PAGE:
VIC allocates $11M to recycling relief

VIC allocates $11M to recycling relief

The Victorian Government will tackle ongoing waste management issues with $11.3 million in immediate financial relief to councils and infrastructure investment.

Environment Minister Lily D’Ambrosio said SKM Recycling were significantly undercutting the prices of other recycling providers, and since they stopped accepting waste, many councils are paying double what they were for recycling services.

“To alleviate this financial pressure, the state government will deliver a $6.6 million package to the 33 affected councils over the next four months, providing a rebate that will cover the additional costs they are incurring to deal with their recyclable waste,” Ms D’Ambrosio said.

“The state government also stands ready to work with the receiver of SKM Corporate, and any prospective buyer to remove the stockpiles at SKM-managed sites and offsite storage of material.”

Ms D’Ambrosio said it had become clear that the quality of Australia’s recyclable material is compromised due to its high rate of contamination.

“To that end, the state government will also work with councils and industry stakeholders on a major overhaul of kerbside collection to improve the quality of recyclables being collected by councils,” Ms D’Ambrosio said.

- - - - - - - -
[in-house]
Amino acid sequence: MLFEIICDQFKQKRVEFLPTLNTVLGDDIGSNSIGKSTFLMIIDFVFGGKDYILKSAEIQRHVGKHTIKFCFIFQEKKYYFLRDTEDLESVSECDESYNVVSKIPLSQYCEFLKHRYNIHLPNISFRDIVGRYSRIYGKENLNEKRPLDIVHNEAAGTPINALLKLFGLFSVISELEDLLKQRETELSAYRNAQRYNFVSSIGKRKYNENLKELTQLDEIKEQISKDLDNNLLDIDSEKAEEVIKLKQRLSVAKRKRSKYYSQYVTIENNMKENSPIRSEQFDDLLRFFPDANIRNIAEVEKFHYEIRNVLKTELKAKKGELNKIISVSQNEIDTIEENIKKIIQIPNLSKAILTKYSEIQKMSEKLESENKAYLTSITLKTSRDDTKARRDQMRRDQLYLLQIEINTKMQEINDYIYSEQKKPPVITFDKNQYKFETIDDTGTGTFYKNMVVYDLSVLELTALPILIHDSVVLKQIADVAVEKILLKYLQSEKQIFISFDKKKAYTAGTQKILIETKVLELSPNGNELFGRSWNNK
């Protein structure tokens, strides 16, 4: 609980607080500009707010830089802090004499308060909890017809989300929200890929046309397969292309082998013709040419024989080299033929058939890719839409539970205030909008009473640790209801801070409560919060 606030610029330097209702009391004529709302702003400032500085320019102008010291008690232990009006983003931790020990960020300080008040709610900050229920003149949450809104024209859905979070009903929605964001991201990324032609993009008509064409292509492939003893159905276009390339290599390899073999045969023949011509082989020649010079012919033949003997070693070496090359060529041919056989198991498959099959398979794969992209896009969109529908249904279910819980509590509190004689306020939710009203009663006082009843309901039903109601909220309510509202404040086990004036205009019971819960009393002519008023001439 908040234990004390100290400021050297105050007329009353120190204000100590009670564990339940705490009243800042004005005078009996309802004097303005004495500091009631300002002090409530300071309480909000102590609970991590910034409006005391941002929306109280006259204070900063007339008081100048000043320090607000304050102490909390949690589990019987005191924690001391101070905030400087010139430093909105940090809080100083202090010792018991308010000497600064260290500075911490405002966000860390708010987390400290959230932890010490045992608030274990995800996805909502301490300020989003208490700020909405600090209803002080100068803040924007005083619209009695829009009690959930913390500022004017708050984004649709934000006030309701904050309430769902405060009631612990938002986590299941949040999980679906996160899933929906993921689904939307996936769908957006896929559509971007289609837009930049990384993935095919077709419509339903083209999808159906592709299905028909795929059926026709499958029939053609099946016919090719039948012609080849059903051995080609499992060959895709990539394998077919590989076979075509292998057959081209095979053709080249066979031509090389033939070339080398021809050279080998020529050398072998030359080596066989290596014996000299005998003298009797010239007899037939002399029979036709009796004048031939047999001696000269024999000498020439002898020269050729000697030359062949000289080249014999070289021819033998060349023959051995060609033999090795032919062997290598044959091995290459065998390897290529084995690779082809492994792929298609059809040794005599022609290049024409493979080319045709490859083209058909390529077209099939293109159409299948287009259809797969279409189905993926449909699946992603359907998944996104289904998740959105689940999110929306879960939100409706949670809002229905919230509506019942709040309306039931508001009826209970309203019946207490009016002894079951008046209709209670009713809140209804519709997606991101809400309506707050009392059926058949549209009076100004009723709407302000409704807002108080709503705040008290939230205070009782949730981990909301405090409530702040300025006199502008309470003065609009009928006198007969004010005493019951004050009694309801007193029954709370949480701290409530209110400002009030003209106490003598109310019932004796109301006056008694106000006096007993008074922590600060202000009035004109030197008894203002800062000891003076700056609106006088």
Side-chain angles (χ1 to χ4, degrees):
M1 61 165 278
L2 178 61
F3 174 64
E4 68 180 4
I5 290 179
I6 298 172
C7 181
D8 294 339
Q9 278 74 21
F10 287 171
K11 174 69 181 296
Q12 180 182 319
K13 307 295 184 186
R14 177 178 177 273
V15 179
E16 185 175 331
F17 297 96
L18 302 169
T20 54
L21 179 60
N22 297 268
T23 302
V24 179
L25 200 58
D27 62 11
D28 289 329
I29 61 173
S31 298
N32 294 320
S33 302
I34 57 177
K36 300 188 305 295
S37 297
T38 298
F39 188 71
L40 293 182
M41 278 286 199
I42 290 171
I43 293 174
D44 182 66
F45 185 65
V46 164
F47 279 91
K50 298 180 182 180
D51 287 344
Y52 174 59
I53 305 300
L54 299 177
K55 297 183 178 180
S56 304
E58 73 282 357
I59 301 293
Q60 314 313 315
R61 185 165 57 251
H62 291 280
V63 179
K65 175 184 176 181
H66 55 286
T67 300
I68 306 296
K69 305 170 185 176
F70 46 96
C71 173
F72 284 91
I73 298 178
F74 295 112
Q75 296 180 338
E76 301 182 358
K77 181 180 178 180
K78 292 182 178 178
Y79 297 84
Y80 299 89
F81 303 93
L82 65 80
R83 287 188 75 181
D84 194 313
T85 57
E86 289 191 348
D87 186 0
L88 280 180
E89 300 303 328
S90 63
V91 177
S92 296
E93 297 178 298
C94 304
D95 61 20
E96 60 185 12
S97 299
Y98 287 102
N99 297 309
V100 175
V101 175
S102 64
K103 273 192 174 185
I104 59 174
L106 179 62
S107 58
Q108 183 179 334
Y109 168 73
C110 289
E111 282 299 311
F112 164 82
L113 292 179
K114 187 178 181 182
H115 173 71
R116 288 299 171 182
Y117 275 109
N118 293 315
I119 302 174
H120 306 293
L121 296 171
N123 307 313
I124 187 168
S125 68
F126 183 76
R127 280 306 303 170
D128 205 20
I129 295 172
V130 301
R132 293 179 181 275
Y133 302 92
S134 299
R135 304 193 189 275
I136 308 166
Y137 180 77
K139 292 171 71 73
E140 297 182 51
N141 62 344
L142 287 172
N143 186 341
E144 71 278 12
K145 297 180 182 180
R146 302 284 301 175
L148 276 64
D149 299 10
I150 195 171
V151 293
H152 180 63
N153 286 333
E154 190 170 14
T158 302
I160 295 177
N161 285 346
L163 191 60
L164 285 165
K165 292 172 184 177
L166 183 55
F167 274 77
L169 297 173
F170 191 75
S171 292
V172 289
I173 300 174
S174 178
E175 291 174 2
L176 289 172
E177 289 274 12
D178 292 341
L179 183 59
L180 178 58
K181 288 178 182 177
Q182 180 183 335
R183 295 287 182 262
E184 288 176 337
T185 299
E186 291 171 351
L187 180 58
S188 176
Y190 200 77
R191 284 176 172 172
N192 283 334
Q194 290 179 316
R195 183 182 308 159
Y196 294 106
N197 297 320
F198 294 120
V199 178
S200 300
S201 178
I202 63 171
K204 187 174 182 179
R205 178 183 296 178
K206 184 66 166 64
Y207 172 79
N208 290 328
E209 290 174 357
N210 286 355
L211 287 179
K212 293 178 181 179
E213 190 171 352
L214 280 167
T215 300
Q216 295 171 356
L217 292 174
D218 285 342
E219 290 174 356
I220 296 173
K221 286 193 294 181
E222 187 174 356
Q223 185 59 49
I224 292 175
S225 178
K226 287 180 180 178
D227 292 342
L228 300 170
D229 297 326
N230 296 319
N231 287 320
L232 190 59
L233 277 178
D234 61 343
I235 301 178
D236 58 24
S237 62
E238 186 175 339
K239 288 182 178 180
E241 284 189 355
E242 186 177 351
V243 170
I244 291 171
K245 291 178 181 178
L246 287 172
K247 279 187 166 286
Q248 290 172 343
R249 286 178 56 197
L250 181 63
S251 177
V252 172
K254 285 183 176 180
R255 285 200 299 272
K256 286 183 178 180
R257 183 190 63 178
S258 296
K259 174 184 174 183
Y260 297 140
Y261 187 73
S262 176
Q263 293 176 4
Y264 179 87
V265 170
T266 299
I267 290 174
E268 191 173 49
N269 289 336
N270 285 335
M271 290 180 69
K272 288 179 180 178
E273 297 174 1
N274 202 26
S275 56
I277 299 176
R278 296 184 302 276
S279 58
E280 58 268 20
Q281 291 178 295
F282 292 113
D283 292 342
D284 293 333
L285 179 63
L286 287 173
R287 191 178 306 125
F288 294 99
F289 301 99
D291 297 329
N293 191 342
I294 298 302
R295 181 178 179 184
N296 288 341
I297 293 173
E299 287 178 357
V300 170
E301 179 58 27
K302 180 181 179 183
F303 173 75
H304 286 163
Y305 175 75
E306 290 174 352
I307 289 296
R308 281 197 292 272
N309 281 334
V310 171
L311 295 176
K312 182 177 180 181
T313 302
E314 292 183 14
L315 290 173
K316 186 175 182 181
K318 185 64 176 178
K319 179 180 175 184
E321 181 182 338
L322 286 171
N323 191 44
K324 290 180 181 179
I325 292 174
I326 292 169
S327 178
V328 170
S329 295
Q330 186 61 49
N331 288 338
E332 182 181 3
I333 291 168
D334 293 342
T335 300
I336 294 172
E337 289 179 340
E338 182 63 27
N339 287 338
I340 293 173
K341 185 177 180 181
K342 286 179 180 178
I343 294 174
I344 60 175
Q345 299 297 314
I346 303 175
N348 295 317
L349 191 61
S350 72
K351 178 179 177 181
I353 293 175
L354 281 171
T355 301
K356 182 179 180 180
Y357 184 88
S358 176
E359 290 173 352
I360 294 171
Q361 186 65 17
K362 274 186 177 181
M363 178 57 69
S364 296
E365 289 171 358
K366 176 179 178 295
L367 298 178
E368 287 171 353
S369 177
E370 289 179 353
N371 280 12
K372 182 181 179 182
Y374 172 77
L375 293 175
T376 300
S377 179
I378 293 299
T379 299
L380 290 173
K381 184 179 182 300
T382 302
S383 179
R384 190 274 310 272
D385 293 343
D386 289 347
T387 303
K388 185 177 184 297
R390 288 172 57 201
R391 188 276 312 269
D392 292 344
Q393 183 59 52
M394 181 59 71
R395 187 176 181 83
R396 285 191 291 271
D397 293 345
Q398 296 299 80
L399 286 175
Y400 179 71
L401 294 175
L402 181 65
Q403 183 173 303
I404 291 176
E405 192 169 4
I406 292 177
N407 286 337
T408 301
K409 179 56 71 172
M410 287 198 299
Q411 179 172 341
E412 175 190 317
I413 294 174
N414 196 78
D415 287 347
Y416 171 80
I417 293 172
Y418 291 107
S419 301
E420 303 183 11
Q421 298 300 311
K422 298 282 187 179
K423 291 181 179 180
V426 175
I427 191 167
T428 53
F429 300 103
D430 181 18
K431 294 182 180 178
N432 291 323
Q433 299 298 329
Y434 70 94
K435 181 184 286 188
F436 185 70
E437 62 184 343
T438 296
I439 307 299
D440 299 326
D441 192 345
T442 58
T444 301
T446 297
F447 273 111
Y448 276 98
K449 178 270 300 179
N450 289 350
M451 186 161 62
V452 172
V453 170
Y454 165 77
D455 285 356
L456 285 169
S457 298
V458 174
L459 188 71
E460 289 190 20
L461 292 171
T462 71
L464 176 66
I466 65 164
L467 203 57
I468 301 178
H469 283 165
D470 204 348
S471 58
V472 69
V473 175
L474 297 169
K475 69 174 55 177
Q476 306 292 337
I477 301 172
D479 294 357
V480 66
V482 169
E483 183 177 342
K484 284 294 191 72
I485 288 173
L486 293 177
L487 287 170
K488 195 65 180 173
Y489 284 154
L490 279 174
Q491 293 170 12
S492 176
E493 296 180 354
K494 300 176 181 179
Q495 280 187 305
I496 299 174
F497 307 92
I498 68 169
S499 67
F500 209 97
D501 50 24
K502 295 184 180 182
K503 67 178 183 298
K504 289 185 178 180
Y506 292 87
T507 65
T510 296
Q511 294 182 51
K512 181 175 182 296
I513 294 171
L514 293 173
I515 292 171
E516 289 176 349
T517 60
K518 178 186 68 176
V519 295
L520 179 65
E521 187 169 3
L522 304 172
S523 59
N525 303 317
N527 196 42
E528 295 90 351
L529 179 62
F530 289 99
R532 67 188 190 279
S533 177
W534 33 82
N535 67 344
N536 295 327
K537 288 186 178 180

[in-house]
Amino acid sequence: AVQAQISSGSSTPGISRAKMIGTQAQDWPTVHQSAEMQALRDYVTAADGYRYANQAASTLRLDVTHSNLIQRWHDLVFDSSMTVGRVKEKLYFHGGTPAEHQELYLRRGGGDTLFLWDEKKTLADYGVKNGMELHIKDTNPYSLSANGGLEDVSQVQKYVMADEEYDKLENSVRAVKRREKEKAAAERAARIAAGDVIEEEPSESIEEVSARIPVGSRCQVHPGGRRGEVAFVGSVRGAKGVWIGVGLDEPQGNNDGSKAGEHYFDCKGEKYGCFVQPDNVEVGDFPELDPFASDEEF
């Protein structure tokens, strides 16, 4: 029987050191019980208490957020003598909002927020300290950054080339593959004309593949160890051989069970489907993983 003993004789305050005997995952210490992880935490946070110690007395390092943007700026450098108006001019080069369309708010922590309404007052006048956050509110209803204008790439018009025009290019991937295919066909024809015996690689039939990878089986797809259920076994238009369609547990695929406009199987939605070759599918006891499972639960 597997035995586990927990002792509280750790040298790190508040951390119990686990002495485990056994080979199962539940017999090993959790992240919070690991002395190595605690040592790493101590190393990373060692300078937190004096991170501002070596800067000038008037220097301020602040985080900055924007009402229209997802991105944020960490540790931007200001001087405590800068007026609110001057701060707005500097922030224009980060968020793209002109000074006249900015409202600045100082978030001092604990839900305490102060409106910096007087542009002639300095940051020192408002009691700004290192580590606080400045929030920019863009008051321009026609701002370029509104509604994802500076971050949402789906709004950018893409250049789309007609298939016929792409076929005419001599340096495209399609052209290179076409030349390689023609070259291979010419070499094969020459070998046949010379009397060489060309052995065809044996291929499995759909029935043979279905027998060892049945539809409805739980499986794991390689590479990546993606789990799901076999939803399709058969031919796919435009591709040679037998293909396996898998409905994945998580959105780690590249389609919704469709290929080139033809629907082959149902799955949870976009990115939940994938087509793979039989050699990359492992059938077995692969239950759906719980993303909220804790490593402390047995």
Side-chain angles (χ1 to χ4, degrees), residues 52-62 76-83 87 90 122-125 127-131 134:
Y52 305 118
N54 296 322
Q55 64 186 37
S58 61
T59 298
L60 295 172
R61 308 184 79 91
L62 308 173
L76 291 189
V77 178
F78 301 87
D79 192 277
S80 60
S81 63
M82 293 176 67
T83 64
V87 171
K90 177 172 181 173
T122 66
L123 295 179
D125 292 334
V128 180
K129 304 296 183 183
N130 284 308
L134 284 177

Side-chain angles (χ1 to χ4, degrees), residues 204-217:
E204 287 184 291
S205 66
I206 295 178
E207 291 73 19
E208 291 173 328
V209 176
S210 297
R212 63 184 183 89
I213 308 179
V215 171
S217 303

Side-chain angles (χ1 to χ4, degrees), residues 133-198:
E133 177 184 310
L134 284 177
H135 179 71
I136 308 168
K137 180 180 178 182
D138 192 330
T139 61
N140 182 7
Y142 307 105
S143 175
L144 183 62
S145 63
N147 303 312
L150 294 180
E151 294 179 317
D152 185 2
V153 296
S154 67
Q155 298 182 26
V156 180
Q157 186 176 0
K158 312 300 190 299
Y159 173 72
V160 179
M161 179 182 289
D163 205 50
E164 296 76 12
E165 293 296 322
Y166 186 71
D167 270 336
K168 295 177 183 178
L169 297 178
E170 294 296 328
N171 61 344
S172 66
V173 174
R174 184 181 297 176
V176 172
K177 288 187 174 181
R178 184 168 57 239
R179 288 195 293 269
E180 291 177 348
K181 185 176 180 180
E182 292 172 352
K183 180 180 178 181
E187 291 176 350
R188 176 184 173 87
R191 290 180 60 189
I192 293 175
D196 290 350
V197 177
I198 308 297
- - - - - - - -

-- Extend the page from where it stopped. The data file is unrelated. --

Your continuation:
Council’s hoping to receive assistance will have to provide evidence that alternatives to landfill are being sought, agree to participate in collaborative procurement and provide information on current contractural rates and conditions.

The government has also announced new grants worth $4.7 million, to support projects that will improve the quality of recycled materials through better sorting and processing.

“At the most recent Council of Australian Governments meeting, the Prime Minister acknowledged that recyclable waste is a national issue, as well as an opportunity to rebuild a domestic recycling sector that can provide products to local markets,” Ms D’Ambrosio said.

“To achieve this, targets will also be considered to drive investment in end uses, such as glass for road base and railway sleepers made from plastics.”

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